On the ferry, a glistening white building dominates the skyline as we approach, the historic Grand Hotel on Mackinac Island on the northern tip of Michigan, one of the last remaining stately wooden luxury hotels which graced the American landscape, during the heyday of the railways a century ago.
I step back in time to a kinder gentler era, an age of horse-drawn carriages, strawberry teas and leisurely strolls around town, not a cell phone in sight. Only 600 people live here year round, although 1 million visitors arrive annually. Since 1898, no mechanized vehicles are allowed to disturb the tranquility; visitors leave cars at the ferry dock on the mainland.
We disembark at the sunny harbour in Haldimand Bay named after General Haldimand, a Governor of Canada. It's alive with sail boats, horse-drawn carriages and strollers along the picturesque main street. A liveried carriage complete with uniformed coachman waits to transport us to the hotel. Two smart black horses clip clop through the town and up the hill, a gracious start to our idyllic visit.
Built 1887 in the post Civil War days of gracious living, when steamships and railways were king and a room could be had for $3 a night, the Grand Hotel flourished for 123 seasons and in 2006, welcomed its five millionth overnight guest.
As we approach the grand facade with its bank of flags and gorgeous flowerbeds, we pass other carriages going down the hill and climb the steps to the grand lobby with its soft sofas and bright Empire style furnishings. The hotel has hosted presidents and celebrities, international government pow-wows, and was a secret hideout during prohibition days. Now it attracts families, golfers and discerning travelers looking for a slower pace. Open annually from May - October, although the hotel has modernized in recent years with several casual eating places in the extensive grounds, golf and other special packages like wine appreciation or murder mystery weekends, it has never lost sight of its dedication to an elegant leisurely lifestyle.
There's plenty to do both within the hotel and on the lovely grounds. Don't miss the historic lecture by resident eccentric and historian, Bob Tagatz. Who cares if history is embellished a little? There are several shops including an interesting garden store, a large sheltered swimming pool, 12 eateries, concerts, dancing with a live orchestra after dinner, extensive gardens and woodland walks, bicycles and horses for hire, croquet and golf.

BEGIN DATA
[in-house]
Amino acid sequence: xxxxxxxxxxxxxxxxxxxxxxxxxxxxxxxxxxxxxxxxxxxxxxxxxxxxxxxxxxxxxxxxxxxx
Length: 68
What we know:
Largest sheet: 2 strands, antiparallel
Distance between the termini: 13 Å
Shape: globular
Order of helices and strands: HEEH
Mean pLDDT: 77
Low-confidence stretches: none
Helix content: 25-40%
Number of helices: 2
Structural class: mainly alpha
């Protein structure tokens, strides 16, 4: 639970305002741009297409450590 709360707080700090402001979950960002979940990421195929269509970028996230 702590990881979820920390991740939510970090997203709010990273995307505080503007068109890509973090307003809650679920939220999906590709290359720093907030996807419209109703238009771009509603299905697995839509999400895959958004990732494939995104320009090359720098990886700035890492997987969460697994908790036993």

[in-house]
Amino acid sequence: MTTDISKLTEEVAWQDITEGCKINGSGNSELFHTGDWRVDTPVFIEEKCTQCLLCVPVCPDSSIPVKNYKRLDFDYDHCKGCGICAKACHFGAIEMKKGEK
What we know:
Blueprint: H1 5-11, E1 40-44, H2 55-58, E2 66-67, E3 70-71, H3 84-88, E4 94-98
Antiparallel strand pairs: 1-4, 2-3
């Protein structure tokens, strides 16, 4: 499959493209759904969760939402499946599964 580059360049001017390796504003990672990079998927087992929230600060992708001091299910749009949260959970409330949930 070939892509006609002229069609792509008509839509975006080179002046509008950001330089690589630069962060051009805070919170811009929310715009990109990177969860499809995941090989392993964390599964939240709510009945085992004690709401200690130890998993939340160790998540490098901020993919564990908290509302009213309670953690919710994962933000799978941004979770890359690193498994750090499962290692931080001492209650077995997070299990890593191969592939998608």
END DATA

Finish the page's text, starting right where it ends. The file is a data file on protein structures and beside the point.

Lilacs, peonies and a mass of flowers tumble out from the gardens of the colonial style cottages. In the market area, once centre of the fur trade for both Michigan and Ontario, several original buildings survive and provide costumed interpreters. Sample the old style fudge shops, boutiques and bars, or take a carriage tour around the island.
Fort Mackinac is older than the Grand Hotel, built by the British in 1780 during the American Revolution, serving as a strategic location that guarded the Great Lakes for 115 years. Part of Mackinac State Historic Parks, the restored fort is located at the highest point on the Island, well worth a visit where you can take a guided tour, explore the historic buildings and watch troop re-enactments on the Parade Ground during the summer.
There's a strong connection between the Mackinac region and Canada. Once the native Indians crossed the narrow straits to trade their furs, and now, Sault Ste. Marie and northern Ontario is less than an hour away across the scenic Mackinac Bridge. Visitors no longer arrive by steamship and rail; instead it's an easy journey by car
Tess Bridgwater is a travel writer who lives in southwestern Ontario, not far from Oxford County. She writes for the Record and other publications in Kitchener/Waterloo County, national magazines and is a member of SATW, the Society of American Travel Writers.
Transportation, visas, health, maps and temperature
Airlines (Wikipedia): http://en.wikipedia.org/wiki/List_of_airlines
Embassies/Consulates (Embassy World): http://www.embassyworld.com/
Health precautions (WHO): http://www.who.int/ith/en/
Google interactive map: http://maps.google.com/
Temperature (Temperature World): http://www.temperatureworld.com/